“Let’s eat Grandma.” vs. “Let’s eat, Grandma!”
You get the point here..
I’m definitely no expert in writing, but after working in a fast-paced marketing agency for almost two years, I certainly have my days where I wish I could rewind the clock and record my 10th grade English lesson.
Rewriting press releases so they will actually get picked up by a key pub., curating monthly social media calendars for retainer clients, and outlining blog posts every day for nearly 730 consecutive days, will have you cringing at the sight of an absent comma or misused subjunctive verb whilst scrolling through the ”gram.’
It’s astounding how often I see paragraph-long social media captions (advertisements included) and workplace emails that are swimming with innumerable grammatical errors.
Believe me, I am NO expert in this field, and probably the only one who actually takes the time to read captions anymore, but it never hurts to try a little harder to be a little better.
Below are a few quick and dirty tips from my girl, Grammar Girl.
When writing an email with an enclosed document*
Don’t say “Please find attached my resume”.
Here are some other alternatives you shouldn’t use:
- Please find attached: my resume
- Please find, attached, my resume
- Please find attached resume
Here are the best alternatives:
- I have attached my resume for your consideration
- My resume is attached for your consideration
- I have included my resume for your review
- My resume has been included for your review
The “one word, two words or hyphenated” conundrum*
To know whether your term is “open” (two words), “closed” (one word) or hyphenated, there’s a simple two-step process.
Step 1: Identify its part of speech — noun, verb, adjective.
Step 2: Check a dictionary, noting the part-of-speech designations and keeping in mind that dictionaries sometimes disagree with each other.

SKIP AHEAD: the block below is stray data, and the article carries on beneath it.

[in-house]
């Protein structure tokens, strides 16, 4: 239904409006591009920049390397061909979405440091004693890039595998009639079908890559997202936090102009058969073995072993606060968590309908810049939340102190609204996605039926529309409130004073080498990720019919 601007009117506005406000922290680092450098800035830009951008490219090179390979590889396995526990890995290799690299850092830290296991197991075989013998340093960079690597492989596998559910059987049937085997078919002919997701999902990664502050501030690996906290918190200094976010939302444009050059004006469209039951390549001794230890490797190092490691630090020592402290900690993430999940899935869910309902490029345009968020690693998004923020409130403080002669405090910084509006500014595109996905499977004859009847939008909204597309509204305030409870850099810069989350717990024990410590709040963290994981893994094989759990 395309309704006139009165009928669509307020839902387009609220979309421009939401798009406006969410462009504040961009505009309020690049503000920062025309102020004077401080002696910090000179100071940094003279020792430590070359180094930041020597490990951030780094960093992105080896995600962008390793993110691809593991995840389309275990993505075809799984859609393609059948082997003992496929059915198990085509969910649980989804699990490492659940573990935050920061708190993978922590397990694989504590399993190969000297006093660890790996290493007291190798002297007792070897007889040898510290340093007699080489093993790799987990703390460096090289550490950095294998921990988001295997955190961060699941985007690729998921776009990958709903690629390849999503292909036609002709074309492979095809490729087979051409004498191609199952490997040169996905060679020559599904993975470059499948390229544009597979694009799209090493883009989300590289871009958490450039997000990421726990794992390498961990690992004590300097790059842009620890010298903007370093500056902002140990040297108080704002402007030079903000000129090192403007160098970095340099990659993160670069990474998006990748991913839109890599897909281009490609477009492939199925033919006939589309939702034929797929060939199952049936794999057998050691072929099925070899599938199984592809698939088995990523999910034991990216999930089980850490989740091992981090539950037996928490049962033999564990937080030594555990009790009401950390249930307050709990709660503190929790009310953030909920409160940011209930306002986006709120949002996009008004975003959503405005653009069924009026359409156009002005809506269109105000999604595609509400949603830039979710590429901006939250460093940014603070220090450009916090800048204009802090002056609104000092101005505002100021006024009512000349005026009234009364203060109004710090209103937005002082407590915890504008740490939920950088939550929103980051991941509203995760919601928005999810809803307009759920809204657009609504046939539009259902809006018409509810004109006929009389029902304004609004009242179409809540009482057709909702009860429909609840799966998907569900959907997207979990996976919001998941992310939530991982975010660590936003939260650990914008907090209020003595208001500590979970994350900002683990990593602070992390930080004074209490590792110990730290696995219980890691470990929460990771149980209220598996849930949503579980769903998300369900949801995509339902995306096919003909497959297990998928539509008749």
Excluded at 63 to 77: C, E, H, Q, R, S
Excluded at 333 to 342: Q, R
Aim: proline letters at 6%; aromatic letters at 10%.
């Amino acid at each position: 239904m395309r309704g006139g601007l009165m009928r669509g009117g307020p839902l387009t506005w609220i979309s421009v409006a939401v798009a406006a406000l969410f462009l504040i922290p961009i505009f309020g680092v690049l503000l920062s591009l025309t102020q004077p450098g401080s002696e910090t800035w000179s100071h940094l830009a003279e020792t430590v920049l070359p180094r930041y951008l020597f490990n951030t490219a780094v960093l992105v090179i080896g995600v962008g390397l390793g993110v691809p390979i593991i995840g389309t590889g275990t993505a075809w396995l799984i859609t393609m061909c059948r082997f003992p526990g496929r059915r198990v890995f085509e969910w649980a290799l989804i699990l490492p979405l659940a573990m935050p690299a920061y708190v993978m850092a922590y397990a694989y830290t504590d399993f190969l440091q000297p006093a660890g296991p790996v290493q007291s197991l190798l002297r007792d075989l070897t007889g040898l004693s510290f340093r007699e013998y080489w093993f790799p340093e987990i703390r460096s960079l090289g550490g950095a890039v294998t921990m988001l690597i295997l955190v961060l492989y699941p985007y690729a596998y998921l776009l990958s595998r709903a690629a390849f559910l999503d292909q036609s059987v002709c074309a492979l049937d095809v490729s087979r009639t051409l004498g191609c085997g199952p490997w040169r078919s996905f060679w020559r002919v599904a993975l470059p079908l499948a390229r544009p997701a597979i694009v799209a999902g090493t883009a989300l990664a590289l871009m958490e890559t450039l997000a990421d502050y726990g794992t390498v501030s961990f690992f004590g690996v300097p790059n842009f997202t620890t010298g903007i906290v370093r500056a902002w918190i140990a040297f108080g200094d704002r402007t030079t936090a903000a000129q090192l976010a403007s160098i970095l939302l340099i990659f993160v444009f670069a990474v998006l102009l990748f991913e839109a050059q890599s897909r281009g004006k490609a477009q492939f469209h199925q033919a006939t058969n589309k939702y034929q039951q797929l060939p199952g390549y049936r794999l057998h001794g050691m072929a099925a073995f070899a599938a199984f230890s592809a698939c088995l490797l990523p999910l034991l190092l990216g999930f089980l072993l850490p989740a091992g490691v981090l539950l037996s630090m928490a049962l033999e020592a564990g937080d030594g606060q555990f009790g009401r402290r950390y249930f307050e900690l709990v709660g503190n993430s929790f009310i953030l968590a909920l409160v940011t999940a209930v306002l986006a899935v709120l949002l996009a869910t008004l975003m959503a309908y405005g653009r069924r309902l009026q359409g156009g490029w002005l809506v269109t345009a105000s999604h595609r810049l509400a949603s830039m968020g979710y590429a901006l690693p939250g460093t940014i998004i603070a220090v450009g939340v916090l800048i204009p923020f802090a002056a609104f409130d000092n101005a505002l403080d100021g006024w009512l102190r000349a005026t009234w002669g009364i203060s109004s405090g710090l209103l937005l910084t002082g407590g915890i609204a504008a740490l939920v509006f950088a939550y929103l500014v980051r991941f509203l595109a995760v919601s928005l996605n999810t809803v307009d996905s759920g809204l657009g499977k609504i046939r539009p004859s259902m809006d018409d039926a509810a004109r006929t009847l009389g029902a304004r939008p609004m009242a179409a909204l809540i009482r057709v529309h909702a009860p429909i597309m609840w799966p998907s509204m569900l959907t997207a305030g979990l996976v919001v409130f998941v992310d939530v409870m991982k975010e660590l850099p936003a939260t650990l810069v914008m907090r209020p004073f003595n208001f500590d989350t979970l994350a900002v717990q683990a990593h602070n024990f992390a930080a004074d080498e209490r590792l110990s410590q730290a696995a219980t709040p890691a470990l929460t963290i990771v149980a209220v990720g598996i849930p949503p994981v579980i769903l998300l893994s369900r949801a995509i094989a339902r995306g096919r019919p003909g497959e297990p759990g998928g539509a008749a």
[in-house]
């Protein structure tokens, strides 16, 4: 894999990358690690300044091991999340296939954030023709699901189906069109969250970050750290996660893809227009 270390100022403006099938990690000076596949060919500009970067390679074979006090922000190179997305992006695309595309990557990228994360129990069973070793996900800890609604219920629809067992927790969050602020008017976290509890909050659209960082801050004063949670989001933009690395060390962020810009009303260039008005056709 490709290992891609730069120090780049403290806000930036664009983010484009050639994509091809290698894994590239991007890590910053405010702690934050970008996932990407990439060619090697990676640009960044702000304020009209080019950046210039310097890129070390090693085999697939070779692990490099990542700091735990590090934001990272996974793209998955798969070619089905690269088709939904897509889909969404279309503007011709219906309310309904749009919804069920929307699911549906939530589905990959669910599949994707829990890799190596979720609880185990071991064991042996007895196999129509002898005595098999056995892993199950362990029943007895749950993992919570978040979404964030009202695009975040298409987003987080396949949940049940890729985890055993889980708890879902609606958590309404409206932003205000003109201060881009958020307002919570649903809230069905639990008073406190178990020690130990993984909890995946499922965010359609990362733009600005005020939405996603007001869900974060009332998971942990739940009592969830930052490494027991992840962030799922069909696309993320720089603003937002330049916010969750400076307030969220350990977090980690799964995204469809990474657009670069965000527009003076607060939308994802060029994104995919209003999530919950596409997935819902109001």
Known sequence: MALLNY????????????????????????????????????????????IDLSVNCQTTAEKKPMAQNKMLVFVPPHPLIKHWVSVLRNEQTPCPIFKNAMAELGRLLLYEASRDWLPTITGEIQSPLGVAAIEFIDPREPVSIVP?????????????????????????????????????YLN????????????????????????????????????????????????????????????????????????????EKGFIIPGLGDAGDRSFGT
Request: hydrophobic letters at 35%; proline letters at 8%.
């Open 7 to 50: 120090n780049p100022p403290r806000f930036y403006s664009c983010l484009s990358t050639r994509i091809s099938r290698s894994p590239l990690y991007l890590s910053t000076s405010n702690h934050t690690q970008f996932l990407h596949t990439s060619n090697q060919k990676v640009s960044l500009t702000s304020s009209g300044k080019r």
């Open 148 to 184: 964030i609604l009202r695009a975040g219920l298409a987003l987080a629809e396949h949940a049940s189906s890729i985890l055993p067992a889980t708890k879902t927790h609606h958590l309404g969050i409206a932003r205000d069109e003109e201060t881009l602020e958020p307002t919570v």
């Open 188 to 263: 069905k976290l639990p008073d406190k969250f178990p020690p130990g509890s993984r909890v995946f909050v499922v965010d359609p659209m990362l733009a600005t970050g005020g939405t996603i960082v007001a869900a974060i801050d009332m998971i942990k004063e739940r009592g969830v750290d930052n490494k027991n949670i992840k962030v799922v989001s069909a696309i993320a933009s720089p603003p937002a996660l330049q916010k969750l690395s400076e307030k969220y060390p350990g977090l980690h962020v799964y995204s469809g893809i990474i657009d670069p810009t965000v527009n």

Verbs are usually open: “tune up.”
Nouns are often closed: “tuneup,” or hyphenated, “self-esteem.”
Some adjectives are in the dictionary, like “good-looking,” but most compound adjectives aren’t.
- Fast-paced, fastpaced, or fast paced? = correct –> fast-paced
- Ourselves vs. our selves = correct –> ourselves
- Uplift vs. up lift = correct –> uplift
- Your self vs. yourself = correct –> yourself
- self-care, selfcare, self care = correct –> self-care
*source: LA Times
This one really blew my mind.**
The form alright is a one-word spelling of the phrase all right. Alright is commonly used in written dialogue and informal writing, but all right is the only acceptable form in edited writing. Basically, it is not all right to use alright in standard English.
correct–> All right, all right, all right**
Greatful vs grateful
They’re, There, Their
They’re going to the zoo on Friday.
They’re going next week to see the kangaroo exhibit.
Note: Always think of this like “They are”. Anytime you want to say ‘they are’, use ‘they’re“.
Have you been there to see the lions?
There’s my phone!
Note: Use ‘there‘ when describing a place or the other rules don’t apply
Note: There’s literally means “there is.”
Their cat is scared of dogs.
We think it’s ours, but they say it’s theirs.
Note: Their means “belonging to them”. Use this ‘their‘ when showing ownership or possession in a sentence or phrase.
Note: Be careful not to slip up and use an apostrophe with their‘s to show ownership. This is already implied with the word ‘theirs’.
Got it? Take the quiz on GrammarBook.com to keep you sane.
It’s vs. Its
It’s raining men
Note: It’s = it is. A common mistake is to use ‘it‘s’ when describing ownership. Don’t do this!
Its name is Bruce.
Note: Its = everything else.
Daily Grammar is a site that offers daily grammar lessons for all ages.